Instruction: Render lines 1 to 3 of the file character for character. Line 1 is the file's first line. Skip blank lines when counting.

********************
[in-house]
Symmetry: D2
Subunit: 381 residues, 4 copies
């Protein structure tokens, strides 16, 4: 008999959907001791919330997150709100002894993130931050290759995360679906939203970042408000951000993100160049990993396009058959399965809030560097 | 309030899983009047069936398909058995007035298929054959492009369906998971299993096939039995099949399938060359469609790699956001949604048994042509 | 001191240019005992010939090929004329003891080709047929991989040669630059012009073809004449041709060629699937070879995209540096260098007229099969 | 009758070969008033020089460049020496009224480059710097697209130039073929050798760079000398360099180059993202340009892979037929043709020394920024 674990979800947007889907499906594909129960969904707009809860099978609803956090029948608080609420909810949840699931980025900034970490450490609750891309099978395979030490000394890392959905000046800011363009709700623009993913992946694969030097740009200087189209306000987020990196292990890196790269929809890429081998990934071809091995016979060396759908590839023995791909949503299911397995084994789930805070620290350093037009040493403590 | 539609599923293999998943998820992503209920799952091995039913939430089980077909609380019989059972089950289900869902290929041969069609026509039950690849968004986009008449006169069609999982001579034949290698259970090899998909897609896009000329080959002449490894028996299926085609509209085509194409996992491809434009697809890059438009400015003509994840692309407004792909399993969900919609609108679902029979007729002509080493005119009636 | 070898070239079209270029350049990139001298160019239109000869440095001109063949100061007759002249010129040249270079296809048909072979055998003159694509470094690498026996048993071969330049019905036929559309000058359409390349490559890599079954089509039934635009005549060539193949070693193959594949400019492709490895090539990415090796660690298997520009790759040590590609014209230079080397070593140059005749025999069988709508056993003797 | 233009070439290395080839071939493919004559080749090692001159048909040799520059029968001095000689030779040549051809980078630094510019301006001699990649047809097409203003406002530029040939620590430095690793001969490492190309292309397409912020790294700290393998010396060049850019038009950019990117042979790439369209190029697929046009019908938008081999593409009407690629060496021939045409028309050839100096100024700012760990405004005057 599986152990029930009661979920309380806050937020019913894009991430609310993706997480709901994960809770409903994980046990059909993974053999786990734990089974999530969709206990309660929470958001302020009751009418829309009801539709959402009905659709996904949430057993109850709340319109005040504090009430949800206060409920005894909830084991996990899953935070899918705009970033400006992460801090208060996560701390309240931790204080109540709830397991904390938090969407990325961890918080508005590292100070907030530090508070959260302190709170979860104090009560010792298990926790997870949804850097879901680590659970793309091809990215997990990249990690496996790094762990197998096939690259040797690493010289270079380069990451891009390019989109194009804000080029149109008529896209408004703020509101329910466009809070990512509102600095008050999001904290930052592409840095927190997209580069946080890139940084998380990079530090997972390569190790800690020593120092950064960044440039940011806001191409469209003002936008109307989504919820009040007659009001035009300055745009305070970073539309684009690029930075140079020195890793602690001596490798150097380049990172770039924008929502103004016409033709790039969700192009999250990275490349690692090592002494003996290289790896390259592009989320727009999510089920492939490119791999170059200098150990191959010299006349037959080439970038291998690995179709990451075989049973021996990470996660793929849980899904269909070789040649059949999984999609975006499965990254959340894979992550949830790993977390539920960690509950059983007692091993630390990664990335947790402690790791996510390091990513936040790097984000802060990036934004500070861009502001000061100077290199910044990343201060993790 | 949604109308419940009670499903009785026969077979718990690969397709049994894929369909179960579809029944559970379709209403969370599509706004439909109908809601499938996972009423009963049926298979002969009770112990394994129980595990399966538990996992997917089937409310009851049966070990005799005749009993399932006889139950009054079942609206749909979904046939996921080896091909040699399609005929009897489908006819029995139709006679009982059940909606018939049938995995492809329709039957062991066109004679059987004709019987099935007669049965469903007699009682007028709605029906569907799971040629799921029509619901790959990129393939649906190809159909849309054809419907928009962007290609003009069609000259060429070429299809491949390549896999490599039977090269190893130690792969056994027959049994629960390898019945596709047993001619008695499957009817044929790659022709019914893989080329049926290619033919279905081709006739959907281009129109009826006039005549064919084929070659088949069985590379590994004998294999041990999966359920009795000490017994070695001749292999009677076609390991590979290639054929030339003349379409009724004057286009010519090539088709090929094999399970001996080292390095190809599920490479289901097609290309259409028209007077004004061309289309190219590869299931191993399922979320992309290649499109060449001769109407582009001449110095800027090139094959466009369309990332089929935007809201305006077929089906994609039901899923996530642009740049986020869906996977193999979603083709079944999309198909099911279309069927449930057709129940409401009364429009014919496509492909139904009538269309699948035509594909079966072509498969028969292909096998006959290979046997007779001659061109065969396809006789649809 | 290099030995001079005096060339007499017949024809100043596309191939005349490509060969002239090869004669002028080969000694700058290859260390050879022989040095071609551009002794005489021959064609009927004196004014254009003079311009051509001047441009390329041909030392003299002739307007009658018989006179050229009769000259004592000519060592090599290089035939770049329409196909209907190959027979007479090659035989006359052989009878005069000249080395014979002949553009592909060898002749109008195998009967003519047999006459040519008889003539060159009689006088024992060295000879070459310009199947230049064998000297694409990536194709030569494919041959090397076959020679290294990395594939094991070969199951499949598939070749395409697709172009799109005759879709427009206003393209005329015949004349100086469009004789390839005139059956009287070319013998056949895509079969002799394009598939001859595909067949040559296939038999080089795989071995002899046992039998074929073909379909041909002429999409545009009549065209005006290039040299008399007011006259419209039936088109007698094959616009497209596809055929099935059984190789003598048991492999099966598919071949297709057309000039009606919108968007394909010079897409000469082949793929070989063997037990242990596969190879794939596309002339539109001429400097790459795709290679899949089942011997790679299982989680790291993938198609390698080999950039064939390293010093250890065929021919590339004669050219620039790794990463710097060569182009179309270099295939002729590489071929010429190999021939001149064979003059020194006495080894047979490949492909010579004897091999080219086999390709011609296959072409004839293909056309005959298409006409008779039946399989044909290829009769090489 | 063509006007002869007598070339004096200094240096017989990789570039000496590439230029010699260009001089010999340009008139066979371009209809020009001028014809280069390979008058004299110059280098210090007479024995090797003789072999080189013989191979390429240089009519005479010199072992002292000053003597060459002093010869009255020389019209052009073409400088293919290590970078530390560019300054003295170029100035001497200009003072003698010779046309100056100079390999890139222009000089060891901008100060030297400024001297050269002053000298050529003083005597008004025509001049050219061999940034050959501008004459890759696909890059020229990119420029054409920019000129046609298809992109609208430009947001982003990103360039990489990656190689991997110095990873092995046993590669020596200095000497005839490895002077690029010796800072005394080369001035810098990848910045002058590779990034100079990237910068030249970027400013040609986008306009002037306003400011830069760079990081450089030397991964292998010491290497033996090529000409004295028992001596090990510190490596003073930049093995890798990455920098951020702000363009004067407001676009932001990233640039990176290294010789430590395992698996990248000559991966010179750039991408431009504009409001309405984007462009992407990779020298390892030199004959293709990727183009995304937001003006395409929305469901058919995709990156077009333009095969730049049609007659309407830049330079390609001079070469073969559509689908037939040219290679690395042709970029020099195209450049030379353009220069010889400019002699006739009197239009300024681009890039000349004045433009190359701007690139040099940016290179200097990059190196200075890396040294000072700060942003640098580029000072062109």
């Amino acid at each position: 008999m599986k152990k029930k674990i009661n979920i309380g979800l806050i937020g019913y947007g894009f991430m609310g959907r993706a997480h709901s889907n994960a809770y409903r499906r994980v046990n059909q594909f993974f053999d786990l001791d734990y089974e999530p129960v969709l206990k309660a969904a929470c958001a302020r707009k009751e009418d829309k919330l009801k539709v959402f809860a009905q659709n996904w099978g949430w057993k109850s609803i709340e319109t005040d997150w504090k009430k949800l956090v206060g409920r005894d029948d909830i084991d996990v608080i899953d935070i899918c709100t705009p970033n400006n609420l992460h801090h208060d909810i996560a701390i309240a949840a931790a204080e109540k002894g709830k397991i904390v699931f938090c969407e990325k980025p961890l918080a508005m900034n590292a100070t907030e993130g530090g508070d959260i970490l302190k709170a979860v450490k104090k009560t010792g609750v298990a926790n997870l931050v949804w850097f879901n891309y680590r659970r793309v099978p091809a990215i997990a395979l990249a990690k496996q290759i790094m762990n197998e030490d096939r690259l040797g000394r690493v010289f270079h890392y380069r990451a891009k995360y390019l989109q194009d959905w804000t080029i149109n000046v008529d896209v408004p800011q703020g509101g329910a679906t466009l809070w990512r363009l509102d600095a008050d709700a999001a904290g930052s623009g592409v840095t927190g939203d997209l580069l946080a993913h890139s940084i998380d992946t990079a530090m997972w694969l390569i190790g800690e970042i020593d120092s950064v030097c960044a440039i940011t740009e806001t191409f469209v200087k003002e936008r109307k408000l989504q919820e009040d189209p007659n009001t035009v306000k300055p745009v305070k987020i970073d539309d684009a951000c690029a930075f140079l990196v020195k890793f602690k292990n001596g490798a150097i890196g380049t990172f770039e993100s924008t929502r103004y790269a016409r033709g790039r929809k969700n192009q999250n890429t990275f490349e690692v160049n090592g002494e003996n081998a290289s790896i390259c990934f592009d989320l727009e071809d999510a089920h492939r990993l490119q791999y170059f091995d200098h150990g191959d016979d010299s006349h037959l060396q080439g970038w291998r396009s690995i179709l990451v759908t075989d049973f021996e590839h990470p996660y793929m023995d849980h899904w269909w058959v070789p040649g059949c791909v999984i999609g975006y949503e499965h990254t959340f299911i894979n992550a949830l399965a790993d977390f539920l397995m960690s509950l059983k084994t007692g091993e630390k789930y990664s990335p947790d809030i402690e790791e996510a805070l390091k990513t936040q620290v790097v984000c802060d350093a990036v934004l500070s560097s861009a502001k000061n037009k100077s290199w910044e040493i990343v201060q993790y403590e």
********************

[in-house]
Symmetry: D2
Subunit: 381 residues, 4 copies